Now that the layers are level, it’s time for the frosting! I use a turntable to ice most cakes, so that is the route I will work through here! If you are aiming for a naked look, simply do a thin crumb coat and a thin final coat of buttercream if needed. Here, I’m doing a white chocolate ganache crumbcoat and a vanilla bean swiss meringue buttercream frosting for a more covered look (and loads of flavor). To start, make sure you have a cake disc (both cardboard or acrylic are fine) secured to your turntable. I’ve seen people use shelf liner to hold everything in but in a pinch I use my silicone trivets. Next, go ahead and put a dollop of the ganache (or buttercream) on the cake board and set your first layer on top. I try to center everything on the turntable. Add a dollop of ganache or buttercream to the top of the layer and then while rotating the turntable, use an offset spatula to even it out. It’s perfectly fine if some of ganache goes over the edge. Then, stack your next layer and repeat! I decided to use 3 of my 4 prepped layers since I planned to use the fourth to make cakepops later. Once you have all of the layers stacked and straight, crumbcoat the entire cake with a light coating of your ganache or frosting and then move it into the fridge to chill for 10 to 15 minutes.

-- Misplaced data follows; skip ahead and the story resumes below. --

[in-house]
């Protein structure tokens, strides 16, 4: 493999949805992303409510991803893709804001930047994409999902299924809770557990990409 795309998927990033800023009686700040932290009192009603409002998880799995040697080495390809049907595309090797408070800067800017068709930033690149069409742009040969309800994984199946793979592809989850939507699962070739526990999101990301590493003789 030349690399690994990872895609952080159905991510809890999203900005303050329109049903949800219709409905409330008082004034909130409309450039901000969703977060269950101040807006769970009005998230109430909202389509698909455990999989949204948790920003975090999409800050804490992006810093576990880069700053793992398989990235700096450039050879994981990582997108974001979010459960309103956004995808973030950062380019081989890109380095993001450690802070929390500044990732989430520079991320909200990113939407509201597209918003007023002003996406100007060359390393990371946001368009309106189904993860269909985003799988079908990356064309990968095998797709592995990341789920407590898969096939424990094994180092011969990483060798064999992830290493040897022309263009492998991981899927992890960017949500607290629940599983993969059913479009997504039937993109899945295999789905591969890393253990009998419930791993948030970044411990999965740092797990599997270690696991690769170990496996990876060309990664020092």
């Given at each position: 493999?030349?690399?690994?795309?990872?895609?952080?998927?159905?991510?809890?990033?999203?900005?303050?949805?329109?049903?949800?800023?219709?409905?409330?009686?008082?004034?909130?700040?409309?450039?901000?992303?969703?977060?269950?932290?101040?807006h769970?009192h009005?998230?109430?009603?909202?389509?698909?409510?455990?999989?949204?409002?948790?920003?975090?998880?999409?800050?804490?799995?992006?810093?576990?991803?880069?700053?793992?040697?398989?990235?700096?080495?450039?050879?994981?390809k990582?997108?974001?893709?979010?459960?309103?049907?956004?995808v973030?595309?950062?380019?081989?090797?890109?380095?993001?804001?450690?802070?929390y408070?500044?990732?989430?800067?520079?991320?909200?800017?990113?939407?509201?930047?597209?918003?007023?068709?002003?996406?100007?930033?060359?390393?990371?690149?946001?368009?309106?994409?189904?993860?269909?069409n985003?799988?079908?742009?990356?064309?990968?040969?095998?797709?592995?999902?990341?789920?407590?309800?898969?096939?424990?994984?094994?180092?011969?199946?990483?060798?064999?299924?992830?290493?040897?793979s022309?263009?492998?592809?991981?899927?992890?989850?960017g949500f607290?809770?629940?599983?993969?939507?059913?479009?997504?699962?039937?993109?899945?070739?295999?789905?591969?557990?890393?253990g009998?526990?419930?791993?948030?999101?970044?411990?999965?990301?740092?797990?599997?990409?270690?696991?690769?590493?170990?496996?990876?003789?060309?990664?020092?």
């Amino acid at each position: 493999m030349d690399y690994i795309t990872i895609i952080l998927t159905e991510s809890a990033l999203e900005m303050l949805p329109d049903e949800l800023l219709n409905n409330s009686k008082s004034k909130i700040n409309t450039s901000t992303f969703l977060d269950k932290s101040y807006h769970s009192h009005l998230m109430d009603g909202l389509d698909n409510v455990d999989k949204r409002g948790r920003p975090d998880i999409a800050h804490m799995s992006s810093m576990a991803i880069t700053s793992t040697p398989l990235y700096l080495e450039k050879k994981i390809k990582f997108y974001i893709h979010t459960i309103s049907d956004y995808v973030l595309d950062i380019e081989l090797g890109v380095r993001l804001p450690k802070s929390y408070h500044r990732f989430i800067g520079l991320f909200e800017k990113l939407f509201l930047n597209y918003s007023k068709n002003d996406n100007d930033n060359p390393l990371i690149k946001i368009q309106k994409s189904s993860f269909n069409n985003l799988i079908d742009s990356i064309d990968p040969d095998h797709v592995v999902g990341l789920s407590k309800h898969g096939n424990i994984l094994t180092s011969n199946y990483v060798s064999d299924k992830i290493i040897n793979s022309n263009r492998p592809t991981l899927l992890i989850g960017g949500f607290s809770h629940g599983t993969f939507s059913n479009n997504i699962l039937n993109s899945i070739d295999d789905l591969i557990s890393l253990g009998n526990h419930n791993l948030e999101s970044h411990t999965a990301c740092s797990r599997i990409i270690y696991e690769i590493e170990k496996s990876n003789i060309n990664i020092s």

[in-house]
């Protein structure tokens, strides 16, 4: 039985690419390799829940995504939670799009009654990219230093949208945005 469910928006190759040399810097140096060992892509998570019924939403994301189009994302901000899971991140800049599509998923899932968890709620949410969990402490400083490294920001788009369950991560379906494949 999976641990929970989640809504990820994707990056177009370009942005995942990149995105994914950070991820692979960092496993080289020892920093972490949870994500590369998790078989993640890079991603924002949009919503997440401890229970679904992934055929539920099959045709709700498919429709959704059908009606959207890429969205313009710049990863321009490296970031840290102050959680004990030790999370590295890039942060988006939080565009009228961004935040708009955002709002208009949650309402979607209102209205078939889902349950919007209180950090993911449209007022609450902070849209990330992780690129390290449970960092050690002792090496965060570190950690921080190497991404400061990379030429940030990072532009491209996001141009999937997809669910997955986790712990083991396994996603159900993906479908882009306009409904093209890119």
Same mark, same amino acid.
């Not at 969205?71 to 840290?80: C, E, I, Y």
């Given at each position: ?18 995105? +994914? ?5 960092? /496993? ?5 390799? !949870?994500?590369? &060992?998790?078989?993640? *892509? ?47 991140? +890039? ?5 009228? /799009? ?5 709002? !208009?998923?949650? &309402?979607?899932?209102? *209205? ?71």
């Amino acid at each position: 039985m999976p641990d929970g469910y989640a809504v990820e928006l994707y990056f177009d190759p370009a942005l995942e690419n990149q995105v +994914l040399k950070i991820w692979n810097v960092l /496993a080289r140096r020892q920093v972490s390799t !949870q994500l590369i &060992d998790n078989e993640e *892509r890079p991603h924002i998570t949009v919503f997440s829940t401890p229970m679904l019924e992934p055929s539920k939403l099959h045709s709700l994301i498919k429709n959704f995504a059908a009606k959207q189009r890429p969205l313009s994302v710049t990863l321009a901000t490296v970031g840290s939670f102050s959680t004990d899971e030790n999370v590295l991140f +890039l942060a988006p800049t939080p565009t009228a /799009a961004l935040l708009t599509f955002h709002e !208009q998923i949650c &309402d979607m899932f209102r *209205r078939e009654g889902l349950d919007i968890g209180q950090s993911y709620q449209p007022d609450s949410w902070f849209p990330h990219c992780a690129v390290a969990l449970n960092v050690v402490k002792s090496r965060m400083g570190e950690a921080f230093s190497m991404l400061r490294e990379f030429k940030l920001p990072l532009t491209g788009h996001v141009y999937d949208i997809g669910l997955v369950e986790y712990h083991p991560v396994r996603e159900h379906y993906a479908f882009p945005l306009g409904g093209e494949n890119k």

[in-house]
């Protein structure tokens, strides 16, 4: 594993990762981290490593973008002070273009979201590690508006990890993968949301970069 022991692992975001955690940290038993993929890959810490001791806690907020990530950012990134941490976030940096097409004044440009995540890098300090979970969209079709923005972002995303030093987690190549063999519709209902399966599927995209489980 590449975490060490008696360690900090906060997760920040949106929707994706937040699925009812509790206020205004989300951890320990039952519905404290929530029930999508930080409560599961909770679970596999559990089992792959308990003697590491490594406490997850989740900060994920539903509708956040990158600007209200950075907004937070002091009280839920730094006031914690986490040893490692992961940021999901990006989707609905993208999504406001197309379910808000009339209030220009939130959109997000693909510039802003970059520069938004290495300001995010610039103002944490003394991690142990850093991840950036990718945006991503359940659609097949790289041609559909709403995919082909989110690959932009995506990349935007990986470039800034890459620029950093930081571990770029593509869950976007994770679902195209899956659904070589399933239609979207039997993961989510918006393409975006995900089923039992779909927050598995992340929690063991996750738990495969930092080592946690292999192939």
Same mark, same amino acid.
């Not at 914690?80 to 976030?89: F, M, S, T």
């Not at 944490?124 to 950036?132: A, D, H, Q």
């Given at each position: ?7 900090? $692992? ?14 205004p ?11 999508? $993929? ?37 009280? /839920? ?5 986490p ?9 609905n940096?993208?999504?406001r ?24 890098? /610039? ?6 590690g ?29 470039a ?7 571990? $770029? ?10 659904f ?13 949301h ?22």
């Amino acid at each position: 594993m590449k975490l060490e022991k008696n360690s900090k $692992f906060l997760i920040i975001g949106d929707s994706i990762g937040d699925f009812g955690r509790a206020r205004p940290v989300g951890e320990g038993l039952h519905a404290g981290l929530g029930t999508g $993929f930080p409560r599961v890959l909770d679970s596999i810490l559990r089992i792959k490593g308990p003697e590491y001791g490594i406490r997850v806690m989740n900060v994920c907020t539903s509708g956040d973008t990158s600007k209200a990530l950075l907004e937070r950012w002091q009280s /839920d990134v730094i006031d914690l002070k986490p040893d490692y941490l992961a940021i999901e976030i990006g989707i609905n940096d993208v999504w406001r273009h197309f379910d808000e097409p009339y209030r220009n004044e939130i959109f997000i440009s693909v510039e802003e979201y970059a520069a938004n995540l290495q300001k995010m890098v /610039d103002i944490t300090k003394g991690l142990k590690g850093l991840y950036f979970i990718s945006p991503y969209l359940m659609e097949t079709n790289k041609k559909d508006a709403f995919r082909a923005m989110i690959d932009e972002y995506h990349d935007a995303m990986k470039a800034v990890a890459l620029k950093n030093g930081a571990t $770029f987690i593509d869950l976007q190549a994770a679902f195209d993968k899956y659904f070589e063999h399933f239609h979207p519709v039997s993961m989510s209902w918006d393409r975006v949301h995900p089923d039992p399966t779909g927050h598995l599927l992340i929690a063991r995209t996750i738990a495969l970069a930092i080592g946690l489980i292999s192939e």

After your cake is nice and chilled you can add a final layer of frosting. I went with Magnolia Kitchen’s Vanilla Bean Swiss Meringue Buttercream since I wasn’t really feeling a cream cheese vibe with this cake. Plus, I wanted to try a new frosting recipe that was less sweet so the cake would be the star of the show. I am using cardboard rounds for this process but acrylic cake discs work wonders and are reusable, so I highly recommend grabbing some! They come in a variety of sizes so it’s easy to get the “thickness” of frosting you are after. I prefer a little less frosting, so the cardboard discs will work fine for this particular bake.
Place a dollop of frosting on the top of your cake and then spin while you smooth. Set a cake disc on top of the frosting and using a straight edge (scraper, ruler, etc.), make sure that your top disc and bottom disc are in alignment (ideally with the cake centered in between the two). Now the fun part – glob icing onto your cake, making sure that you have an excess of frosting on the sides of your cake. Once your layers are good and covered, grab your scraper (I use a cheap plastic one from amazon but there are some great acrylic and metal options out there as well) and line up your scraper edge with your cake discs. Carefully (and slowly) continuously spin your turntable while you have the scraper against both discs to achieve a smooth finish. You might have to go back in and add frosting here and there to get it completely smooth, so don’t fret if it takes a few rounds.
Now is the tricky part – very carefully remove your top cake disc and smooth your frosting. You might have to *lightly* redefine your top edge with an offset spatula to get a very crisp, clean look (I have not perfected this, but I’m getting there). After this, you are set to decorate! While my buttercream was still soft, I applied the chocolate brush strokes and voila ~ a completed cake was born!
And, just for fun, a few other layer cakes I’ve made recently!